Climate change in the Arctic is progressing rapidly, and much of the focus, thus far, has been on permafrost thaw and the rapid mineralization of soil organic carbon (C) by soil microorganisms. However, climate change is also increasing the abundance of woody deciduous shrubs in the Arctic, altering the vegetative biochemical landscape, which could profoundly impact the entire regional food web inclusive of terrestrial and digestive microbial communities. The quantity and quality of the carbon in these plants is a response to climatic factors, resulting in higher amounts of condensed tannins (CT) and other phenolic molecules. Condensed tannins have been reported to inhibit microbial carbon degradation by impacting microbes directly, inactivating microbial carbon degrading enzymes, or binding to nitrogen (N) and limiting available nutrients. Thus, the increase in vegetative CT in Arctic ecosystems has implications for C transformations at all trophic levels: from herbivores dependent on these plants for survival to the soil microbes responsible for degrading leaf litter. Here, we examine the response of microbial communities from arctic ruminants and soil to increased CT isolated from native Alaskan plants.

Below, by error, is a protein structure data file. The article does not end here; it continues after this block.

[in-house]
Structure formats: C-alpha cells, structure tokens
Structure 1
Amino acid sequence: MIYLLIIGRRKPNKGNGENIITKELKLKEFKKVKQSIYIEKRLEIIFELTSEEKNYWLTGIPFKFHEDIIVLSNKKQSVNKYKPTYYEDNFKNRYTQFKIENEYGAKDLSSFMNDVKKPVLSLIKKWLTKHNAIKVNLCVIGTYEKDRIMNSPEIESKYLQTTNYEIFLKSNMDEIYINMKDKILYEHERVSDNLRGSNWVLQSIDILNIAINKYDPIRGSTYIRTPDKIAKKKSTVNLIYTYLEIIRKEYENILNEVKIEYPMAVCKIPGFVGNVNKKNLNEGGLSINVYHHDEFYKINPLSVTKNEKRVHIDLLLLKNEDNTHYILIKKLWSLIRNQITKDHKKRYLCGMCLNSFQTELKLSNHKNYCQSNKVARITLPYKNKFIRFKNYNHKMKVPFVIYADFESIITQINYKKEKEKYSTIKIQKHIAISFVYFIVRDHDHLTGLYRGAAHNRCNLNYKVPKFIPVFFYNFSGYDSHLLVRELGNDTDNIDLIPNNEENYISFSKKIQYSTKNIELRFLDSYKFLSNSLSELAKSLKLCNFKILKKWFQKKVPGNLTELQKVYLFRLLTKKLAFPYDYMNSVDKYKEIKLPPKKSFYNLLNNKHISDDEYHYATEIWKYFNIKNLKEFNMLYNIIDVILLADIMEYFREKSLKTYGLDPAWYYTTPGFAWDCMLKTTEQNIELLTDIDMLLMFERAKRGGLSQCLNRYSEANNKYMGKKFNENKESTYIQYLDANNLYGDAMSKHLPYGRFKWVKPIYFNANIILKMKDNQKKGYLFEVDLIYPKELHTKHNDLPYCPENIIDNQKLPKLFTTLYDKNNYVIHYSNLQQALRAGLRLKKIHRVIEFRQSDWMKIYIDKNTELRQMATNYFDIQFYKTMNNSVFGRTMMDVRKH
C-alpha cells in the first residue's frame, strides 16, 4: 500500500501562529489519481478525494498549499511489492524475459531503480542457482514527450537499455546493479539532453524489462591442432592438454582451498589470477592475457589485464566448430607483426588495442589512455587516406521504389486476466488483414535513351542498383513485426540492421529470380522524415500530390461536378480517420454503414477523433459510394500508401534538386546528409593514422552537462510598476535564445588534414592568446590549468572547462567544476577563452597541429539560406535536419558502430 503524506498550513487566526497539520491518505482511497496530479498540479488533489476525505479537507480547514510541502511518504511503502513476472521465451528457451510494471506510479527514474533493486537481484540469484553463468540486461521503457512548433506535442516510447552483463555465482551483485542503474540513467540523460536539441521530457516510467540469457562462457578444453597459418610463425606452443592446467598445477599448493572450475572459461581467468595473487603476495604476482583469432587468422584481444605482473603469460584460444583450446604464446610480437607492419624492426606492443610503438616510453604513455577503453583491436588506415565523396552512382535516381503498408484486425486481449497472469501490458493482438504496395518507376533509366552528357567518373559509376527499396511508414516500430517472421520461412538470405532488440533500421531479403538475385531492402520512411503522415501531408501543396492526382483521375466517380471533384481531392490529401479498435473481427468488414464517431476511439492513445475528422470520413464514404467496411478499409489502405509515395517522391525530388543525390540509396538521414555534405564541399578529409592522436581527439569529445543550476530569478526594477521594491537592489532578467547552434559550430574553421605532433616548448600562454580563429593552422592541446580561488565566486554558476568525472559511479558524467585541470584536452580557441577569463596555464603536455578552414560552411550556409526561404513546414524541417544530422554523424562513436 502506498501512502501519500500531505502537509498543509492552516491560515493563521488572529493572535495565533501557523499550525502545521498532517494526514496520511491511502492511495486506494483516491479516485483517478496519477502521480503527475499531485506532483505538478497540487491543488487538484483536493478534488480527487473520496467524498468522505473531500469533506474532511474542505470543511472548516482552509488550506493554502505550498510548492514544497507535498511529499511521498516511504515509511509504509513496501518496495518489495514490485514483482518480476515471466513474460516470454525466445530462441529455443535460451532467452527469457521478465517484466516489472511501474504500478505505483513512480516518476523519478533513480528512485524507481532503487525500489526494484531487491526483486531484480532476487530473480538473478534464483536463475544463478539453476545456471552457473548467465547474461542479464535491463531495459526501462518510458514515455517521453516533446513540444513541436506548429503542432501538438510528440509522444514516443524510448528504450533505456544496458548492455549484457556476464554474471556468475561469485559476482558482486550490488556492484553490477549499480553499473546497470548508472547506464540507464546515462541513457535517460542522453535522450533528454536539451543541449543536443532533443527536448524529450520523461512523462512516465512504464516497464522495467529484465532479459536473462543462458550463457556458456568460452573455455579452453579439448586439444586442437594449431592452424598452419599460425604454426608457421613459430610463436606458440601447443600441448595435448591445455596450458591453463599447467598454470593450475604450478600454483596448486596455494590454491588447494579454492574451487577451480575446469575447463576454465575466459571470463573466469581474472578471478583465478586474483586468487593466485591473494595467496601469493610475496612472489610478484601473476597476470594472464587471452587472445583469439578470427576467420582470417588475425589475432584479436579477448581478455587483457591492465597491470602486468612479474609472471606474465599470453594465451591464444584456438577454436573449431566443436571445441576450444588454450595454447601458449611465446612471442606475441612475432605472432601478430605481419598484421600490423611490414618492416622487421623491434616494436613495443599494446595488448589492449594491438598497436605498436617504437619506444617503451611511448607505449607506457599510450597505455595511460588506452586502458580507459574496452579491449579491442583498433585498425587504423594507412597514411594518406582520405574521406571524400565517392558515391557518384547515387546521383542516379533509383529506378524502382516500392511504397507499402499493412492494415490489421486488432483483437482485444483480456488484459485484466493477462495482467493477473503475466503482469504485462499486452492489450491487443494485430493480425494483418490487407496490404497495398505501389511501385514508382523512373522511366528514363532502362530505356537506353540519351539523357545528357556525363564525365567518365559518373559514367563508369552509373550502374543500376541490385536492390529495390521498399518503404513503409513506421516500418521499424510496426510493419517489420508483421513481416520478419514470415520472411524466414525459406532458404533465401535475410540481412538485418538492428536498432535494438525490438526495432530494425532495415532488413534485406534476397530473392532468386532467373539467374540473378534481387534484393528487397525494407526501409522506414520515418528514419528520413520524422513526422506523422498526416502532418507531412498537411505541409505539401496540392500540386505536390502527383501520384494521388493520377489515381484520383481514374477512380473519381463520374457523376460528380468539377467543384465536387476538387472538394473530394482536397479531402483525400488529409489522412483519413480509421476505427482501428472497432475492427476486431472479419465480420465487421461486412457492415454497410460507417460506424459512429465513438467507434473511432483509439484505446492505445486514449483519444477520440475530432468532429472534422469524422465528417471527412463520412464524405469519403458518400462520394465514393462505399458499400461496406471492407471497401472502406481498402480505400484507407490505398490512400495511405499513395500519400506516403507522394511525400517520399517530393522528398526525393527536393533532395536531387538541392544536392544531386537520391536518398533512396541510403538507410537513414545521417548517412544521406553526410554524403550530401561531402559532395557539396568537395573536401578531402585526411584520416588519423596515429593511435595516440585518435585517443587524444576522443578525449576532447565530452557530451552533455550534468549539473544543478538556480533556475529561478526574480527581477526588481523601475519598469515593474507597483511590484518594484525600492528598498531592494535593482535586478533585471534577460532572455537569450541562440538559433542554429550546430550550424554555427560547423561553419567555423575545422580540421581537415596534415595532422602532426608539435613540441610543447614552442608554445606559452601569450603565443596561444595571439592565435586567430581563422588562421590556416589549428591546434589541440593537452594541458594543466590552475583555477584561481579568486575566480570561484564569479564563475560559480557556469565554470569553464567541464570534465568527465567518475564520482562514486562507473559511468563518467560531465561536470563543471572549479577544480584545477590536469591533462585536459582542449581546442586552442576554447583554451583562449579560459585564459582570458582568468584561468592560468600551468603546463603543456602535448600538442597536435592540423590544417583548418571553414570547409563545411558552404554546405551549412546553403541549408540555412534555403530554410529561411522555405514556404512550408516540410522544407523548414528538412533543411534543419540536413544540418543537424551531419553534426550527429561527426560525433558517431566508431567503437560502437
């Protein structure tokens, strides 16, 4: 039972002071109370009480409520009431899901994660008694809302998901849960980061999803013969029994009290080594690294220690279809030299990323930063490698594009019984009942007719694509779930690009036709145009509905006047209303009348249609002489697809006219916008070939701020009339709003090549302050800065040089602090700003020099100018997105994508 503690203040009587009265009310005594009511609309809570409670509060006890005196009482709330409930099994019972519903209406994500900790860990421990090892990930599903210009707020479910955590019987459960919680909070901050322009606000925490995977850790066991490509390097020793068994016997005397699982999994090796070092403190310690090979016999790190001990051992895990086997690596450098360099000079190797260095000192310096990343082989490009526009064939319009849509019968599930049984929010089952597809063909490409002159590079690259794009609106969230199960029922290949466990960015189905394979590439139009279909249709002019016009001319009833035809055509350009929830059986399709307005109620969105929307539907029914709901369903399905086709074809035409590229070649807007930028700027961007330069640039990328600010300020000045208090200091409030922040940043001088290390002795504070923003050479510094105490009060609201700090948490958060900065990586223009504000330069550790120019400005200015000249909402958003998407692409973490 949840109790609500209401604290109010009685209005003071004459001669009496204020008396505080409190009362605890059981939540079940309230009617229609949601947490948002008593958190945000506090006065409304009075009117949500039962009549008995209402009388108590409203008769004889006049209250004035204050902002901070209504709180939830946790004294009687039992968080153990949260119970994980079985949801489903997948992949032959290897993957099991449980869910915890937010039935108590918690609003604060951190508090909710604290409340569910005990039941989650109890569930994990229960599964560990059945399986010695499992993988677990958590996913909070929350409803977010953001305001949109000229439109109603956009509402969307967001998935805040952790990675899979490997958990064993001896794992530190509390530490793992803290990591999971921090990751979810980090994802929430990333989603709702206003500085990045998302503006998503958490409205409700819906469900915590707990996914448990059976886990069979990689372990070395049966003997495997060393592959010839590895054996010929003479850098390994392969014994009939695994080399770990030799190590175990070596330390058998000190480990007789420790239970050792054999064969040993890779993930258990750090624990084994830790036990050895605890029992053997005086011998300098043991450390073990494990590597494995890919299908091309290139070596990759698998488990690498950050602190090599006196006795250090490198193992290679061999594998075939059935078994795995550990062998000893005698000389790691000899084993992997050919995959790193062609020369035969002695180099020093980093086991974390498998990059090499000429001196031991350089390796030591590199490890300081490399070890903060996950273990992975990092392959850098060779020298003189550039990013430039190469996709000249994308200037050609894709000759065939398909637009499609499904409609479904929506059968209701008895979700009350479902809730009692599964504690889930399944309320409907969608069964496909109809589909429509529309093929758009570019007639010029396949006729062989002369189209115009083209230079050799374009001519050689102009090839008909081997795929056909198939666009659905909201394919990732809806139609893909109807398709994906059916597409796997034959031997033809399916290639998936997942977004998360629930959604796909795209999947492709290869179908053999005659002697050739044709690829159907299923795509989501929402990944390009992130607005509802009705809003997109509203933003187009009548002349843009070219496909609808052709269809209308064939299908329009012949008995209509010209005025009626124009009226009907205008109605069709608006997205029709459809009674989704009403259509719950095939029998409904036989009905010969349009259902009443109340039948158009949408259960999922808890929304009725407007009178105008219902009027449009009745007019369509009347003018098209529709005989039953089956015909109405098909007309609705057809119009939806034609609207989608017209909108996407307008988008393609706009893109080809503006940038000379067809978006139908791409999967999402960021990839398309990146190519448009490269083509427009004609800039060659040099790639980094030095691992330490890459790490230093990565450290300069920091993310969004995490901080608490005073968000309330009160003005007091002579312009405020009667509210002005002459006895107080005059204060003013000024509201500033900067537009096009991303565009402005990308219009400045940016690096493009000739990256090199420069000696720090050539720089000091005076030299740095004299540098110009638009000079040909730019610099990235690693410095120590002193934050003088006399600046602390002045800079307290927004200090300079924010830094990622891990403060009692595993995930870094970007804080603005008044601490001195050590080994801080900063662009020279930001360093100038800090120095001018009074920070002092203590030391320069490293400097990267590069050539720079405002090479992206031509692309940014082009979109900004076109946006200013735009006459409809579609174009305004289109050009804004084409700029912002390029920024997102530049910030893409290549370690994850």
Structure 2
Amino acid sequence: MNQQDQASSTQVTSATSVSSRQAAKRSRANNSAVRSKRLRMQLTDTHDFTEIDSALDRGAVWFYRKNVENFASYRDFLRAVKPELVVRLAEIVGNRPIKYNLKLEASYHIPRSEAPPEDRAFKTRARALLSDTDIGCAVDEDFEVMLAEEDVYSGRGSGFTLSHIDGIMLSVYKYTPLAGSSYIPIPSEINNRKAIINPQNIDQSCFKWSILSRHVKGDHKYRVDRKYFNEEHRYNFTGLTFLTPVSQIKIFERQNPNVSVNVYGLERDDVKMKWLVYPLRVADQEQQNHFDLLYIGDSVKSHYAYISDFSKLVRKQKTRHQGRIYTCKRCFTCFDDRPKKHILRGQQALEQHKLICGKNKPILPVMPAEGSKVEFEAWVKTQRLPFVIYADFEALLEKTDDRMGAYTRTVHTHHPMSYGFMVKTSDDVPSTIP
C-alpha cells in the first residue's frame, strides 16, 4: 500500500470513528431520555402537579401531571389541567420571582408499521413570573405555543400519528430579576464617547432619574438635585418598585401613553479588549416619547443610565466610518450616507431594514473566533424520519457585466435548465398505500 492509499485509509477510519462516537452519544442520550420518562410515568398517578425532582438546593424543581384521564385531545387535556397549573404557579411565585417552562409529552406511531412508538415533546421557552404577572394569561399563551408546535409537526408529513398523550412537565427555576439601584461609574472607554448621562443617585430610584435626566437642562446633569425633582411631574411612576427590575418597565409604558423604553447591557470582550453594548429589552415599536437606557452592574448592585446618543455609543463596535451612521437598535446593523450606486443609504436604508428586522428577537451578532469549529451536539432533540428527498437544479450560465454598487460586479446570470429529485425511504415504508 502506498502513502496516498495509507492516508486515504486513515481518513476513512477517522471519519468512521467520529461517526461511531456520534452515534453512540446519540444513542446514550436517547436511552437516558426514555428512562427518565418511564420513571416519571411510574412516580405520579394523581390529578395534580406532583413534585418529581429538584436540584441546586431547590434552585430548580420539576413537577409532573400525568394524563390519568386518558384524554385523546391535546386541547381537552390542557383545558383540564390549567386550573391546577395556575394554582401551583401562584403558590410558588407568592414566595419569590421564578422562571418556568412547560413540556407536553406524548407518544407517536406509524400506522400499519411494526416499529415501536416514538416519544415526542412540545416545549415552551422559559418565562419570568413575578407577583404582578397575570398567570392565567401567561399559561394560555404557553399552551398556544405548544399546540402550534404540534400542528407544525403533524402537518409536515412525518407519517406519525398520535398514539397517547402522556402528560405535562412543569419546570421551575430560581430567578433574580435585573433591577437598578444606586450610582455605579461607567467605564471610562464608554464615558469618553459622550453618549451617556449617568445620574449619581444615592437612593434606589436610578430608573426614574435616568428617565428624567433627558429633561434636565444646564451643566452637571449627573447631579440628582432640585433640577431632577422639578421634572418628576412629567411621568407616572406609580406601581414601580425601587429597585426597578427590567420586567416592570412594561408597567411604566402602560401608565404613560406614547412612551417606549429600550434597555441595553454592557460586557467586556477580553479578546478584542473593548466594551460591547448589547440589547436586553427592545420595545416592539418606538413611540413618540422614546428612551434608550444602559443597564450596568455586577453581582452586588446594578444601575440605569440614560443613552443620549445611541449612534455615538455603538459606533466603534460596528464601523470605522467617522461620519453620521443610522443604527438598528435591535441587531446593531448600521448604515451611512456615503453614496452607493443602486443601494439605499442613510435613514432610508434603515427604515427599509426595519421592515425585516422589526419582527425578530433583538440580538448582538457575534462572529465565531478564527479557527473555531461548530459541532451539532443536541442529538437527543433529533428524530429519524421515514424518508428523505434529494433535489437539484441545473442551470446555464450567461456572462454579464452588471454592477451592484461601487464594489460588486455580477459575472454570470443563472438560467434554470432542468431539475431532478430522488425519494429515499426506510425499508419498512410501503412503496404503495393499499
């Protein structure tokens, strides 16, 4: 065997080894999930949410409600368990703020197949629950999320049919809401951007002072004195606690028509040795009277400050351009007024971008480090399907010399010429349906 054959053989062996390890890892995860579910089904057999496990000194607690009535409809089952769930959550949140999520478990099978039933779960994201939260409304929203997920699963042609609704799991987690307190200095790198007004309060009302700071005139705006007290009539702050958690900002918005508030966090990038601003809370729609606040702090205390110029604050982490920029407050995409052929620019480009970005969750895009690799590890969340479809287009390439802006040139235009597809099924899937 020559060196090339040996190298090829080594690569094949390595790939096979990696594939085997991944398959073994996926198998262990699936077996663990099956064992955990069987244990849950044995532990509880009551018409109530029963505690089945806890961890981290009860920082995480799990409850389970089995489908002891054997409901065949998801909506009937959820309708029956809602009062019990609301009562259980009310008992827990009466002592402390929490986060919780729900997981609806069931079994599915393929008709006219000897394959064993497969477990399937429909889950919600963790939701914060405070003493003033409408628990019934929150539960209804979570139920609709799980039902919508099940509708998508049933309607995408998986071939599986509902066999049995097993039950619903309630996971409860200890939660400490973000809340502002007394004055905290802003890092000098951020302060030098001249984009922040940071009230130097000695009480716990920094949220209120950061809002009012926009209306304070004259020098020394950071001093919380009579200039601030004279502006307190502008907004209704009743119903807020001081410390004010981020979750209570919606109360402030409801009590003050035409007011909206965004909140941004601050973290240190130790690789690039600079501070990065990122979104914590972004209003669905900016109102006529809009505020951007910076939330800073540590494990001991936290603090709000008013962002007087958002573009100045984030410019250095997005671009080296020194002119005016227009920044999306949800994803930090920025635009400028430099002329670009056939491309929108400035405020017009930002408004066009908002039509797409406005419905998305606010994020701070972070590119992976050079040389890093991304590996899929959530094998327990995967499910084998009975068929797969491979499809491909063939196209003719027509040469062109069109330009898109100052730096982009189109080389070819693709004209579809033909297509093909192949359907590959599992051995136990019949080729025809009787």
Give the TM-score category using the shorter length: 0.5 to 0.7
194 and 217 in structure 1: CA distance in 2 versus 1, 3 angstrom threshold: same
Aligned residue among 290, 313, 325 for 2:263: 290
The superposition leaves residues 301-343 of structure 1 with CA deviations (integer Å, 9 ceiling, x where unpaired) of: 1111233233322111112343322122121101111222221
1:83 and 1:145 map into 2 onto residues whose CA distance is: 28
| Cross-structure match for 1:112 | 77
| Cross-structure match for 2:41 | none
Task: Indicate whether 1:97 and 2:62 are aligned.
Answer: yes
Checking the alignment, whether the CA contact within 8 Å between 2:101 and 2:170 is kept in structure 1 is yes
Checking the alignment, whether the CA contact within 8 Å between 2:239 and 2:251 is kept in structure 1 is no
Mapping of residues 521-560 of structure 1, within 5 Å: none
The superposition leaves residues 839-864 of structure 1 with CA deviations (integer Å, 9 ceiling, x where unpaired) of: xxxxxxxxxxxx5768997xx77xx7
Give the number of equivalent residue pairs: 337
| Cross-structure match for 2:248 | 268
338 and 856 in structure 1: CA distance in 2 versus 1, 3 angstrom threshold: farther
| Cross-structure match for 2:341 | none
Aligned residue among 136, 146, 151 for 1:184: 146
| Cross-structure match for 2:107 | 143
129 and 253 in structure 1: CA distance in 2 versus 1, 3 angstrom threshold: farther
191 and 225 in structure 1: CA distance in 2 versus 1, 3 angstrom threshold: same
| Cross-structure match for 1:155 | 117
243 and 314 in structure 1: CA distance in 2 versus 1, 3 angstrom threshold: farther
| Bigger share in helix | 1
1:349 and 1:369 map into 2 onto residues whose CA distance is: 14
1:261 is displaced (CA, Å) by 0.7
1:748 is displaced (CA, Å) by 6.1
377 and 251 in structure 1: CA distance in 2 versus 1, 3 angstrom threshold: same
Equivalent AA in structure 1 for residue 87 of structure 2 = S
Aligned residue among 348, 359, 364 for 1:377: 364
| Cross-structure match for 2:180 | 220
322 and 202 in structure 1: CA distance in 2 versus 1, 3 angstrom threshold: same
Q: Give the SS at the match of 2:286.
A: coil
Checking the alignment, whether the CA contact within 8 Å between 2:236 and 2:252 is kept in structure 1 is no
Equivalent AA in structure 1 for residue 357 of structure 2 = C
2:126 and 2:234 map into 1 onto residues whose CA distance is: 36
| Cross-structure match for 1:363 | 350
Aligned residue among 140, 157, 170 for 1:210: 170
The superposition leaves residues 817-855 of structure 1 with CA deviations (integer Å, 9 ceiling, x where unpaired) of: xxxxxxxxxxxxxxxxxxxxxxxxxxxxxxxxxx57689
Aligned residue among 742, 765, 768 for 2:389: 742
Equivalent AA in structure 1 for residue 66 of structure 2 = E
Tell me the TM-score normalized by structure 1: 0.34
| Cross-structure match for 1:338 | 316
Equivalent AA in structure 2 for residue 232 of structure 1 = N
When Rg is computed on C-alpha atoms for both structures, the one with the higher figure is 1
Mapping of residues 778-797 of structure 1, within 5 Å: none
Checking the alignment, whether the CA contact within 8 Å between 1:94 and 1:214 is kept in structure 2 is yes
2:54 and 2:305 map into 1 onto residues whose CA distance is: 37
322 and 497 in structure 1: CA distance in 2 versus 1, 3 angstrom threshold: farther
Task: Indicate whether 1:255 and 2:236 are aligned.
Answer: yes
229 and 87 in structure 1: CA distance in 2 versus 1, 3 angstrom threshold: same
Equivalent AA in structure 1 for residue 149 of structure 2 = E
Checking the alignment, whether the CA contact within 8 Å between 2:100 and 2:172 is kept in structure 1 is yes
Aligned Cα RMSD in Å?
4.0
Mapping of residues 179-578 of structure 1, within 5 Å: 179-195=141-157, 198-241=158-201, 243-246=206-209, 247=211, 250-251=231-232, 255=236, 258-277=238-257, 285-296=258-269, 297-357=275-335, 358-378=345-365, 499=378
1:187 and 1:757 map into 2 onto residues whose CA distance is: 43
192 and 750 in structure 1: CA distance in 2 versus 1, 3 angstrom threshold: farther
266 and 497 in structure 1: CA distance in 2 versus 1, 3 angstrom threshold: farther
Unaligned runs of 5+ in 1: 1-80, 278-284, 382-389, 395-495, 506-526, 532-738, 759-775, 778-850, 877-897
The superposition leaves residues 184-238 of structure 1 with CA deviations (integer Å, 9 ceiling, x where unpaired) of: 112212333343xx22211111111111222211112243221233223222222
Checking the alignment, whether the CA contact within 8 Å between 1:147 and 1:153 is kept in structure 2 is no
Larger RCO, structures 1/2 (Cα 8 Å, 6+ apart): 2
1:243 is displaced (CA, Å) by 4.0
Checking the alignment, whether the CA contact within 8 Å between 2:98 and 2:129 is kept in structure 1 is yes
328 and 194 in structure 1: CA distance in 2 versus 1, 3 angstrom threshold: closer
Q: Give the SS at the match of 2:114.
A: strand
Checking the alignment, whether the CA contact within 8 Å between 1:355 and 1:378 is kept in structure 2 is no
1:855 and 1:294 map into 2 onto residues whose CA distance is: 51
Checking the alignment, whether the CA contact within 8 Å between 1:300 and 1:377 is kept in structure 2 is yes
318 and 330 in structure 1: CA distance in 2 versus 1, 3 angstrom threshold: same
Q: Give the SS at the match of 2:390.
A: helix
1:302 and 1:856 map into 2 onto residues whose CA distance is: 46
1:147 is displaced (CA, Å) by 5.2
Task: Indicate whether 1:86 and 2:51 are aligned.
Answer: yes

Proposer: Kelly Wrighton, The Ohio State University